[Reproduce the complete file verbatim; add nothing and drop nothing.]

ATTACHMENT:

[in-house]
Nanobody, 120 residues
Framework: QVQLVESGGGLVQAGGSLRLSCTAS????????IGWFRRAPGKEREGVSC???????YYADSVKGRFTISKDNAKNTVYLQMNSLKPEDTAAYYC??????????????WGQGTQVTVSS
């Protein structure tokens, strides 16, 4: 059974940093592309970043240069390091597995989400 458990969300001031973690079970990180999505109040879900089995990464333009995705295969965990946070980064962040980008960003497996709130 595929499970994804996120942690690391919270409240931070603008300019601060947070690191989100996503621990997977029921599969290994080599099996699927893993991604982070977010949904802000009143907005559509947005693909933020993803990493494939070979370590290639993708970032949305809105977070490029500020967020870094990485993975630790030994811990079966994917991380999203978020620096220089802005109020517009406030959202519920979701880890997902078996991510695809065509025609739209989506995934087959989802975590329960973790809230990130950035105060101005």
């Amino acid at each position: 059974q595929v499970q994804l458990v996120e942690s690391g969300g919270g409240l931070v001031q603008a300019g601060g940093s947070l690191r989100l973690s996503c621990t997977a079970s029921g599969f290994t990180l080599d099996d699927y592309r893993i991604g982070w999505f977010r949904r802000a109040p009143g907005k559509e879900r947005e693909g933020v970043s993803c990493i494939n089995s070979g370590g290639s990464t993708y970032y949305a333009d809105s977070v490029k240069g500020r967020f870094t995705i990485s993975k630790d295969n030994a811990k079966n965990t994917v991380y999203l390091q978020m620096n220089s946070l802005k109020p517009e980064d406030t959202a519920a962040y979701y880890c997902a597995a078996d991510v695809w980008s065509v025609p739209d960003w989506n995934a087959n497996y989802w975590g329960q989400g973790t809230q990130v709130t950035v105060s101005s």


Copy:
[in-house]
Nanobody, 120 residues
Framework: QVQLVESGGGLVQAGGSLRLSCTAS????????IGWFRRAPGKEREGVSC???????YYADSVKGRFTISKDNAKNTVYLQMNSLKPEDTAAYYC??????????????WGQGTQVTVSS
């Protein structure tokens, strides 16, 4: 059974940093592309970043240069390091597995989400 458990969300001031973690079970990180999505109040879900089995990464333009995705295969965990946070980064962040980008960003497996709130 595929499970994804996120942690690391919270409240931070603008300019601060947070690191989100996503621990997977029921599969290994080599099996699927893993991604982070977010949904802000009143907005559509947005693909933020993803990493494939070979370590290639993708970032949305809105977070490029500020967020870094990485993975630790030994811990079966994917991380999203978020620096220089802005109020517009406030959202519920979701880890997902078996991510695809065509025609739209989506995934087959989802975590329960973790809230990130950035105060101005």
């Amino acid at each position: 059974q595929v499970q994804l458990v996120e942690s690391g969300g919270g409240l931070v001031q603008a300019g601060g940093s947070l690191r989100l973690s996503c621990t997977a079970s029921g599969f290994t990180l080599d099996d699927y592309r893993i991604g982070w999505f977010r949904r802000a109040p009143g907005k559509e879900r947005e693909g933020v970043s993803c990493i494939n089995s070979g370590g290639s990464t993708y970032y949305a333009d809105s977070v490029k240069g500020r967020f870094t995705i990485s993975k630790d295969n030994a811990k079966n965990t994917v991380y999203l390091q978020m620096n220089s946070l802005k109020p517009e980064d406030t959202a519920a962040y979701y880890c997902a597995a078996d991510v695809w980008s065509v025609p739209d960003w989506n995934a087959n497996y989802w975590g329960q989400g973790t809230q990130v709130t950035v105060s101005s």